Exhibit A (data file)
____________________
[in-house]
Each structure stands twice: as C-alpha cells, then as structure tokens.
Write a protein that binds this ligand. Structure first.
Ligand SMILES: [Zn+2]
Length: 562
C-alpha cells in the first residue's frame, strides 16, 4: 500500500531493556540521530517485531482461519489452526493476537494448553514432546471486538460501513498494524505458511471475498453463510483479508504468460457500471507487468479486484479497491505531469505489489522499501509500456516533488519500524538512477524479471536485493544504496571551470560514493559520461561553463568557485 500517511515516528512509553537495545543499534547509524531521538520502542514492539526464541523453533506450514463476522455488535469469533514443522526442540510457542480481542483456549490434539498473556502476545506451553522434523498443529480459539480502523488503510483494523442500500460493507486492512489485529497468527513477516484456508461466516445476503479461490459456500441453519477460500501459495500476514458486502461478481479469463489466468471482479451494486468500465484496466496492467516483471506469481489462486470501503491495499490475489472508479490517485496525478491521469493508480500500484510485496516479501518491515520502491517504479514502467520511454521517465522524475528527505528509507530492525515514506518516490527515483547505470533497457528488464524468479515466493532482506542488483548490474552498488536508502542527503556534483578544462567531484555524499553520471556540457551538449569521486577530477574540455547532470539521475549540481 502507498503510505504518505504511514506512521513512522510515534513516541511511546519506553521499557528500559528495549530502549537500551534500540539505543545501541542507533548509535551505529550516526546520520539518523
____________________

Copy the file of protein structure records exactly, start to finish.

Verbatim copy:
[in-house]
Each structure stands twice: as C-alpha cells, then as structure tokens.
Write a protein that binds this ligand. Structure first.
Ligand SMILES: [Zn+2]
Length: 562
C-alpha cells in the first residue's frame, strides 16, 4: 500500500531493556540521530517485531482461519489452526493476537494448553514432546471486538460501513498494524505458511471475498453463510483479508504468460457500471507487468479486484479497491505531469505489489522499501509500456516533488519500524538512477524479471536485493544504496571551470560514493559520461561553463568557485 500517511515516528512509553537495545543499534547509524531521538520502542514492539526464541523453533506450514463476522455488535469469533514443522526442540510457542480481542483456549490434539498473556502476545506451553522434523498443529480459539480502523488503510483494523442500500460493507486492512489485529497468527513477516484456508461466516445476503479461490459456500441453519477460500501459495500476514458486502461478481479469463489466468471482479451494486468500465484496466496492467516483471506469481489462486470501503491495499490475489472508479490517485496525478491521469493508480500500484510485496516479501518491515520502491517504479514502467520511454521517465522524475528527505528509507530492525515514506518516490527515483547505470533497457528488464524468479515466493532482506542488483548490474552498488536508502542527503556534483578544462567531484555524499553520471556540457551538449569521486577530477574540455547532470539521475549540481 502507498503510505504518505504511514506512521513512522510515534513516541511511546519506553521499557528500559528495549530502549537500551534500540539505543545501541542507533548509535551505529550516526546520520539518523